Next we'll move on to Frank Stella. His name rings a bell, right? Right? Big, bold abstract prints. Expressionistic scribbles. Then we'll talk about Brice Marden, who . . . what? Never heard of him? He's an abstract minimalist. Very Zen.
And finally, we'll wrap things up with Tony Fitzpatrick. You don't know about him, either? Uh-oh. We'd better start over.
Or better yet, check out "New Narrative," an exhibition of these artists' printmaking styles on display now at the Salt Lake Art Center. In Salt Lake City through March 17, this touring show combines four series of works by four artists - New Yorkers Warhol, Stella and Marden, plus Fitzpatrick, who's from Chicago - who pushed the boundaries of ink, color, paper and pressure.
"We normally wouldn't have put these four people together. The issues they're dealing with are all very different," says center director Ric Collier. Nevertheless, Collier likes the connections that can surface when works by diverse artists are shown in the same space.
All the works in the show were created in the late 20th century, when printmaking emerged as a relevant and commercially popular artistic medium. Because artists could print multiple copies of a work, it became easy to produce a series of prints as an edition. "New Narratives" showcases four such series - each containing prints that stand alone and also serve as part of a thematically linked sequence.
Warhol, the show's most famous (and only dead) artist, is represented by "Ten Portraits of Jews of the Twentieth Century," a commissioned suite of silkscreen prints completed in 1980 toward the end of his career. Like his familiar images of Marilyn Monroe or Elvis Presley, these portraits were made by transferring black-and-white photos to silkscreen, tinting them with bright colors and tracing over them with crayon.
But for the most part ,these prints aren't of pop celebrities but of artistic, intellectual or political giants: Albert Einstein, Franz Kafka, Gertrude Stein, Sigmund Freud, George Gershwin, Sarah Bernhardt, Louis Brandeis and the Marx Brothers. It's a strange and amusing conceit: Freud as pop icon!
Frank Stella took a different creative approach than Warhol, although critic Peter Schjeldahl once wrote that both artists were similar for pursuing "a big, splashy stylistic idea brought off in a big, splashy completely self-confident manner." The show contains a series of 12 Stella prints, done between 1982 and 1984 and inspired by illustrations of a Yiddish folk song, "Had Gadya," about a goat that was eaten by a cat that was bitten by a dog, and so on.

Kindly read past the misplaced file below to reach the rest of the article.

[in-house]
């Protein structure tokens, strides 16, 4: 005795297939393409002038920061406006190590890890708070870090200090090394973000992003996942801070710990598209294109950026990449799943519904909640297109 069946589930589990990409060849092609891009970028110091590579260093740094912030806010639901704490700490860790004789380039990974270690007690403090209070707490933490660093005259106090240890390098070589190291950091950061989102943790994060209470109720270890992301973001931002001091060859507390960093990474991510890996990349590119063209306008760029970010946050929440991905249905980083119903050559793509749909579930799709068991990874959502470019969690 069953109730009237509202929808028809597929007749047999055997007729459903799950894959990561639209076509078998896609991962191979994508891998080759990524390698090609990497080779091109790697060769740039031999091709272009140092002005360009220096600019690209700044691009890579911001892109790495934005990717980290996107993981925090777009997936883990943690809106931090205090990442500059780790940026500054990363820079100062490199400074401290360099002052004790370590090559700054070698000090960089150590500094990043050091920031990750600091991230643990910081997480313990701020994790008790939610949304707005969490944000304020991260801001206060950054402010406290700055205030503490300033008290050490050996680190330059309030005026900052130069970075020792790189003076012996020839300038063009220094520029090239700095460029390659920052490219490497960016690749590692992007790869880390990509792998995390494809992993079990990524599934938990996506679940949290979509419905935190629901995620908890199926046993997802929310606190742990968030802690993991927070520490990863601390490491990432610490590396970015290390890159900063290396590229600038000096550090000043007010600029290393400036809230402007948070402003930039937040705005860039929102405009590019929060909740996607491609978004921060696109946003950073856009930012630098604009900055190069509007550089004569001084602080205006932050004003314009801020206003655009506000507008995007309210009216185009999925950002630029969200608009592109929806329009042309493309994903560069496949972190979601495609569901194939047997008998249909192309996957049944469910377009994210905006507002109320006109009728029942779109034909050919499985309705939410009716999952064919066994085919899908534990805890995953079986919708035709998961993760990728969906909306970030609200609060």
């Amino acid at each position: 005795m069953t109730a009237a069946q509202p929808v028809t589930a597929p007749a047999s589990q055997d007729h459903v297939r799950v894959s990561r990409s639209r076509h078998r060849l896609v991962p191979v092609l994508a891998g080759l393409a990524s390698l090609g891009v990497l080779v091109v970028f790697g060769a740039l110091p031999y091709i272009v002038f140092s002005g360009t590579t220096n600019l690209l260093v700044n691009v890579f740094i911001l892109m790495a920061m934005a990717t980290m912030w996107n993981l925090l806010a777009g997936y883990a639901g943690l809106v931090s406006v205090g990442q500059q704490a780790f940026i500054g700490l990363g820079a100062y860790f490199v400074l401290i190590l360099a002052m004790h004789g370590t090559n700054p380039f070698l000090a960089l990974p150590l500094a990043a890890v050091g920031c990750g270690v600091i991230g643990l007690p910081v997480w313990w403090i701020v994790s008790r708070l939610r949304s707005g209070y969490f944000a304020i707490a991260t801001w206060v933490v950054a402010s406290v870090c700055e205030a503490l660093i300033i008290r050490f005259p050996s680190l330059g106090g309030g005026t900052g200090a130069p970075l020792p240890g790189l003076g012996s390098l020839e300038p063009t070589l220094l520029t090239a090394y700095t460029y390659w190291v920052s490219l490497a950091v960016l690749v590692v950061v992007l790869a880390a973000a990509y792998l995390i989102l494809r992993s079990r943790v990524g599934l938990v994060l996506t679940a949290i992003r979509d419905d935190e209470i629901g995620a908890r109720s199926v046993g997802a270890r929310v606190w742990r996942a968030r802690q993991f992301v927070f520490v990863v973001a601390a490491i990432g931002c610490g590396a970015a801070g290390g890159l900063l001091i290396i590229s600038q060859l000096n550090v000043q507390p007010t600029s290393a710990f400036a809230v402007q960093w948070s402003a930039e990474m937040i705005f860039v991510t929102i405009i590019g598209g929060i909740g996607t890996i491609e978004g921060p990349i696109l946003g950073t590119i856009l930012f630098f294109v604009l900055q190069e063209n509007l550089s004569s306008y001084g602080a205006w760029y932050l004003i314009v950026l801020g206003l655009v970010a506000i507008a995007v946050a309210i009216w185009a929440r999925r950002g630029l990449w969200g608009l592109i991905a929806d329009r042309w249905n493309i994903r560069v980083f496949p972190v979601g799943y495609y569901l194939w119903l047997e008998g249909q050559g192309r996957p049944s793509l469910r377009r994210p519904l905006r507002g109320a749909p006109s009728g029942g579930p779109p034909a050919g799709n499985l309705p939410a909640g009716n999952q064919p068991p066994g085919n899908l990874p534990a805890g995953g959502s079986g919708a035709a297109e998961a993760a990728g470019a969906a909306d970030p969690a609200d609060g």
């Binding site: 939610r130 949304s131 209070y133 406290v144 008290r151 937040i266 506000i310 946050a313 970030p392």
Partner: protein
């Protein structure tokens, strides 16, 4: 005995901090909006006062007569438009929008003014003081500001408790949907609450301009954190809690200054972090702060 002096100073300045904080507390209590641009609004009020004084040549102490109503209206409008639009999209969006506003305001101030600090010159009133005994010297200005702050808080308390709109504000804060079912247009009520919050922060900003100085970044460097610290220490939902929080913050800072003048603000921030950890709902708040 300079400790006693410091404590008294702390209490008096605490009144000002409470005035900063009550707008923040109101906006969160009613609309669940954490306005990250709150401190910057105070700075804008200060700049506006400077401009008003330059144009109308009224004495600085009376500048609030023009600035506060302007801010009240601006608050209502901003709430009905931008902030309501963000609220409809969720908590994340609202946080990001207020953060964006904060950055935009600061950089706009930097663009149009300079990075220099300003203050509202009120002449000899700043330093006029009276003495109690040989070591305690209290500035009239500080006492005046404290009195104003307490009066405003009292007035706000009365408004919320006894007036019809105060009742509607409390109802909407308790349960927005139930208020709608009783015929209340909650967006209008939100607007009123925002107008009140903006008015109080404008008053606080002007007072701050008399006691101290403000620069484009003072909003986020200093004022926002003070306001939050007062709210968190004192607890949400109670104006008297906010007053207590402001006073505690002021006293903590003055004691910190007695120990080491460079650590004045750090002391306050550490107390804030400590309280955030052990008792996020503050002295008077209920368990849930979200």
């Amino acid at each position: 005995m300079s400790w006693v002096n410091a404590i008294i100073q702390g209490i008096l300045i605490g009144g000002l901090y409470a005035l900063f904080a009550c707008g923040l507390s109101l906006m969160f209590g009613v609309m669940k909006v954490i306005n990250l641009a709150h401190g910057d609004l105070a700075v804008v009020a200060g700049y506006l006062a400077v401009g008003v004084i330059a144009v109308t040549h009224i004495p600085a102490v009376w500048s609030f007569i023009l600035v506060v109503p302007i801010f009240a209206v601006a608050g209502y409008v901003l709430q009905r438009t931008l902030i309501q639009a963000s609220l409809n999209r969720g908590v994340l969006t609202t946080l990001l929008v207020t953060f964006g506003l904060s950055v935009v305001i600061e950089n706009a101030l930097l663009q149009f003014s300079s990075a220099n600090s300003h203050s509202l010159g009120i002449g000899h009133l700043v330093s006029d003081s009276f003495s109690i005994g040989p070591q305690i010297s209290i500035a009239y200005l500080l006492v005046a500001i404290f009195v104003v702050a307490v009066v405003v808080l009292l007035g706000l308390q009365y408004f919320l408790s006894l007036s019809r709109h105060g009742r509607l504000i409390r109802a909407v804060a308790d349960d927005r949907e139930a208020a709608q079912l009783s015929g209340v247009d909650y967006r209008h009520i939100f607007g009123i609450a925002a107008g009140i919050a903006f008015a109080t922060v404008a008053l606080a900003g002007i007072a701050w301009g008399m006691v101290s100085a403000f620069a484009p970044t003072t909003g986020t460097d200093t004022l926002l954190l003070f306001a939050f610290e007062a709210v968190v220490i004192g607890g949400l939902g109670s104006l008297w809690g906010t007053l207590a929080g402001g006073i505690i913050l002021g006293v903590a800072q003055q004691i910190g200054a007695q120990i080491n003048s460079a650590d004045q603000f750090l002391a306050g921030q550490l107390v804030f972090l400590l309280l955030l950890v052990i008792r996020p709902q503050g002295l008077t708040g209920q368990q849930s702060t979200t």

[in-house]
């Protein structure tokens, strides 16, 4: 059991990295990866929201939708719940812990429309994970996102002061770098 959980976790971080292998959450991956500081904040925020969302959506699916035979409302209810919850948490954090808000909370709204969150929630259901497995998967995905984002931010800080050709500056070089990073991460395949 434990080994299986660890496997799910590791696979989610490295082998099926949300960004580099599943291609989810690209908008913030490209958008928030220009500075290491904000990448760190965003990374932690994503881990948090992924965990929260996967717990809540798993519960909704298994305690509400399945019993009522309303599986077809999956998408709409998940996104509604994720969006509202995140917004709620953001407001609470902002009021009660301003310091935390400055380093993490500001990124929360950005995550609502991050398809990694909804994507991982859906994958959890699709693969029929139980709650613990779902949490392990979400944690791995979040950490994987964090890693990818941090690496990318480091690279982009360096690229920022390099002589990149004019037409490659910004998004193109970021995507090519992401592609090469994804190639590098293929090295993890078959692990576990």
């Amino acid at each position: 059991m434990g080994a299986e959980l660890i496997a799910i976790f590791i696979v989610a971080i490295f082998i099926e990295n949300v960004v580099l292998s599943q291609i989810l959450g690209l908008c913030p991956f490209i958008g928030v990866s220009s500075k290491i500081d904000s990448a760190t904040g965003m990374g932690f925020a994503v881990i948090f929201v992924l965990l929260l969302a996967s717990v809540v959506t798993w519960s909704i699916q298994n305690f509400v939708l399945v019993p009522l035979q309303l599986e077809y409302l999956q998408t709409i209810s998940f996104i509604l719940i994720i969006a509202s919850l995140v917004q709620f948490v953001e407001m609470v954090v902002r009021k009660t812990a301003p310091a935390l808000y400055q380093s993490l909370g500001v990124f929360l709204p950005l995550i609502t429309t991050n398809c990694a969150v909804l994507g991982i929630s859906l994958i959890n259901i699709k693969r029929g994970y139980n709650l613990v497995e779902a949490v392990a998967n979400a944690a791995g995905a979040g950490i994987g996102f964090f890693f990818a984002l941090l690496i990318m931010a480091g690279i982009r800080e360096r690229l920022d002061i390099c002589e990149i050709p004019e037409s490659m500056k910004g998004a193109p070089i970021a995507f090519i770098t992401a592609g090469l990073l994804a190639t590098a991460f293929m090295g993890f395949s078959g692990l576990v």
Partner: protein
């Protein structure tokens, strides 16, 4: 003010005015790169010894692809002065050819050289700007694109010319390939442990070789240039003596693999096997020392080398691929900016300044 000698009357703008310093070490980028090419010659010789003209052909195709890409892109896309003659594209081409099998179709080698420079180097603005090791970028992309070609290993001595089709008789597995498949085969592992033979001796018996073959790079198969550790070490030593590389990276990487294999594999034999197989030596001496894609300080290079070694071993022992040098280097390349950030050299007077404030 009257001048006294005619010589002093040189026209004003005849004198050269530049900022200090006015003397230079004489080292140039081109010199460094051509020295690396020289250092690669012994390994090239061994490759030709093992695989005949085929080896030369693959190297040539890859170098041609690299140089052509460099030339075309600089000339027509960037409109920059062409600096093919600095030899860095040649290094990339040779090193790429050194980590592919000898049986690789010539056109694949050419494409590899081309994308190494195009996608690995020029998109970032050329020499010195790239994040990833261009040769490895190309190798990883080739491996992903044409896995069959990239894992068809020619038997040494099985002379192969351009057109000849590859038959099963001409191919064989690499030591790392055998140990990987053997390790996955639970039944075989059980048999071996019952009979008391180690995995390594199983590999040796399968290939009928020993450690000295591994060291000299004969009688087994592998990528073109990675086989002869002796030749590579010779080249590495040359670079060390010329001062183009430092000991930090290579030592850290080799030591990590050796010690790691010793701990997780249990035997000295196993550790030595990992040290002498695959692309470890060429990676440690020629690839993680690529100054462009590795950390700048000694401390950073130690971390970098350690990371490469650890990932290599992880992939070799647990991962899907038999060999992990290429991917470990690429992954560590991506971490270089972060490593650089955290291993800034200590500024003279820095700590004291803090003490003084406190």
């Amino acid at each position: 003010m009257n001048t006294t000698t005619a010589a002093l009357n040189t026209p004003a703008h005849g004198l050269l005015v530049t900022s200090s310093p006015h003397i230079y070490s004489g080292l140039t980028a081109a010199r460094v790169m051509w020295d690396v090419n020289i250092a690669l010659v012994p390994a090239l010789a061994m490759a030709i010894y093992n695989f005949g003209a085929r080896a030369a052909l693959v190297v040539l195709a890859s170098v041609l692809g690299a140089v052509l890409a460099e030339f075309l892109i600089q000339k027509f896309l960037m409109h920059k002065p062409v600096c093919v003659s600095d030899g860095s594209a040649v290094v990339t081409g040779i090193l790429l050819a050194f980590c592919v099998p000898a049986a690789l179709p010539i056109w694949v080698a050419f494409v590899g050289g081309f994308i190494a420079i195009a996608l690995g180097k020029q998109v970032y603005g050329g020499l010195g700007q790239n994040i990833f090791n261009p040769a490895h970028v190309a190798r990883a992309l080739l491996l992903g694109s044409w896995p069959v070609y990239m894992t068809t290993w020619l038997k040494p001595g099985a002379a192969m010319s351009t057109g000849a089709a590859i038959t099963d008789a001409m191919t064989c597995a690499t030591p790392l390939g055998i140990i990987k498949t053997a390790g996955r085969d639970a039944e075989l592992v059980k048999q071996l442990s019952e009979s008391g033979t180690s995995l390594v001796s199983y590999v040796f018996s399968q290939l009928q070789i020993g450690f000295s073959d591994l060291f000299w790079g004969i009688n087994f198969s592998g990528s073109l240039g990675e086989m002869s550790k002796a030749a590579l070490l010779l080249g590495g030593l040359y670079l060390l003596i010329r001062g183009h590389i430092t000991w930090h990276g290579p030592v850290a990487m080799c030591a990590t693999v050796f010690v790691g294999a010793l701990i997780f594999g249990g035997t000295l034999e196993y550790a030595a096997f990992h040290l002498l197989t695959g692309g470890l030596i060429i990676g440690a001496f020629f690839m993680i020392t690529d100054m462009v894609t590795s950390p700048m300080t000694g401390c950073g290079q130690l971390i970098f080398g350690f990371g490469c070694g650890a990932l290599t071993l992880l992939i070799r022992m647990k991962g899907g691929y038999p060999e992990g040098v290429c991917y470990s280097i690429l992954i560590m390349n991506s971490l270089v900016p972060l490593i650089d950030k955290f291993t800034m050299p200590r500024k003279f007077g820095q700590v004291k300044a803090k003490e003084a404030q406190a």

Viewers will be hard-pressed to find any goats or dogs in Stella's works, made from a process that combines lithographing, silkscreening and linoleum block printing. The large chaotic prints are explosions of colors, squiggles and unrecognizable shapes, although some contain what appear to be recurring cones and Greek columns. Why? Nobody knows for sure.
Within the realm of abstract art, the stylistic opposite of Stella's colorful, expressionistic work might be Brice Marden's precise black-and-white minimalism. Marden's eight etchings are formal, gridlike patterns of squares and rectangles - there's not a curving line in the bunch.
Marden produced all eight works over the course of 10 days in 1971 and approached each one individually, without trying to create a conceptually linked suite. Viewed in a sequence left to right, however, they progress from light to dark, from spare to dense. The overall effect is calming, meditative.
Finally, we come to Fitzpatrick's series of 10 colored etchings, which rival Warhol's for the most accessible in the show. Created in 1998 by the self-taught artist, they use playing cards, dice and other symbols to explore themes of luck, chance and superstition. The prints are small - only slightly bigger than actual playing cards - and hand-detailed in a folk-art style with such symbols of luck as horsehoes and wishbones.
"What is commonly shared by Warhol, Stella, Marden and Fitzpatrick, who are otherwise very diverse in their approaches to art, is how a series of prints suggests narrative by their sequential order," writes curator Jim Edwards in an essay about the show.
So yes, all the series tell a story of sorts that changes depending on where you start. And all four series can be appreciated, or puzzled over, for different reasons. You'll be challenged, but you probably won't be bored.
* "NEW NARRATIVE: WARHOL, STELLA, MARDEN, FITZPATRICK," runs through March 17 at the Salt Lake Art Center, 20 S. West Temple. A public reception is Friday, 6 to 9 p.m., with a presentation by curators Jim Edwards and Jay Heuman at 7. For information, call 801-328-4201 or visit http://www.slartcenter.org.